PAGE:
Stylishly Feeling Bad
The Girl with the Dragon Tattoo (2011)
There was a while there where the Girl with the Dragon Tattoo series (or, as it's know in homeland Sweden, the Millennium series, based on the fictional magazine in the novels) was a huge deal, worldwide. The books received an English translation and suddenly they were everywhere for a time. The Swedish movies were all filmed back-to-back-to-back, then released (and then quickly came to NetflixOriginally started as a disc-by-mail service, Netflix has grown to be one of the largest media companies in the world (and one of the most valued internet companies as well). With a constant slate of new internet streaming-based programming that updates all the time, Netflix has redefined what it means to watch TV and films (as well as how to do it). in the U.S.), and there was buzz. So much buzz. There was talk of a whole U.S. series of films. This was going to be an epic, dark, nasty series of films.
Naturally, none of that happened. After the first film came out and was a relative success at the tail end of 2011, making $240 Mil on a $90 Mil budget (not exactly gangbusters), Sony took a hard look at the plans for the series and softly scrapped them, waiting a few years before trying again with an adaptation of the fourth book in the series, The Girl in the Spider's Web. Plans for a whole David Fincher-directed series of films simply faded away, despite how good this first film, The Girl with the Dragon Tattoo, really was.
I don't think Fincher and his crew were to blame; this is a solid first salvo for the series in the U.S. Sony getting cold feet over the series is understandable -- movies have to make at least four times their budget to break even in the current studio system and this first film under-performed (releasing the film as Christmastime counter-programming, while and inspired choice, likely hurt the Box office prospects of the film). But, really, the long term health of the series was always going to be shaky; author Stieg Larsson had died in 2004 and had only written the first three books in the series. Although he had an unfinished fourth novel, a new author was brought in to write a different book and he took the characters in a different (and, arguably, worse) direction. Since then, all buzz for the books died, and the next film adaptation, The Girl in the Spider's Web, tanked.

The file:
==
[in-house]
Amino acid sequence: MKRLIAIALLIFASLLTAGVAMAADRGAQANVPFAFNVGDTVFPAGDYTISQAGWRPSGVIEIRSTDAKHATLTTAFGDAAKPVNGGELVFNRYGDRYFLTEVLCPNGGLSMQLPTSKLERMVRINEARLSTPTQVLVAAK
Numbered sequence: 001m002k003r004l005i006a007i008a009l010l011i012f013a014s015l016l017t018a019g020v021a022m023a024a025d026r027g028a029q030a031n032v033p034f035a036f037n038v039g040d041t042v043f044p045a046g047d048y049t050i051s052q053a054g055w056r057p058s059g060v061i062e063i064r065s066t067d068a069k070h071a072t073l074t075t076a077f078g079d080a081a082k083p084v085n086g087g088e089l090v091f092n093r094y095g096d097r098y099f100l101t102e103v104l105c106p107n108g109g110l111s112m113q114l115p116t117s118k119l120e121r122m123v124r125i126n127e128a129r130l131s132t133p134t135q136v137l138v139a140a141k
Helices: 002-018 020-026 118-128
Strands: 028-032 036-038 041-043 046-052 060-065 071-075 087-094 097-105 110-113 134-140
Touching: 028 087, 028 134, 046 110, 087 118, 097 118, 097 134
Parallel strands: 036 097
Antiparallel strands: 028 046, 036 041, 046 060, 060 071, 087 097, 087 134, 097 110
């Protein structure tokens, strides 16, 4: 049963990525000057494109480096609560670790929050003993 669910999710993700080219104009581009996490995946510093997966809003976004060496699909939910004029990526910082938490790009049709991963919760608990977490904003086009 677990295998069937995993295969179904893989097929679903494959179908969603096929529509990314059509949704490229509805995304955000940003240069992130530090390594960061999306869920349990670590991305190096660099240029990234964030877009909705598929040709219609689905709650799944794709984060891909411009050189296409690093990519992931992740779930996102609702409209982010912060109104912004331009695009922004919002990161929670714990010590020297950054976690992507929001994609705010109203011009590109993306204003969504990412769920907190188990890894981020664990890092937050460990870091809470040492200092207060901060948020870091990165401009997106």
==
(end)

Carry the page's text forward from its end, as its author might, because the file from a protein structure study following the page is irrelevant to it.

The 2011 Fincher-directed film is certainly worthy of a sequel, although I also like having it as just a one-time story that, more or less, neatly ties itself up by the end. The film follows the two lead characters -- magazine publisher Mikael Blomkvist (Daniel Craig) and hacker/researcher Lisbeth Salander (Rooney Mara) -- as they tackle as case about, eventually, a serial killer, although the story is a slow-burn to that point. Mikael is called in by rich industrialist Henrik Vanger (Christopher Plummer) to investigate the 40-year-old disappearance, and presumed murder, of his beloved niece Harriet. She went missing one day during a family gathering and simply vanished, never to be seen or heard from again, and Henrik very much assumes foul play (as there was no other explanation he could think of).
Lisbeth, meanwhile, was originally called in to investigate Mikael for the Vanger estate. A researcher, and also a ward of the Swedish government (due to a past incident when she was a child), Lisbeth has to fight her own battles (including a lecherous man put in charge of overseeing her and her finances). Eventually, though, she gets called in by Mikael as she's the best researcher he's ever met, and together they dig into the case and figure out that Harriet wasn't the only disappearance, or murder, tied to the Vanger estate. Someone in the family is a prolific serial killer, and they may very will still be active.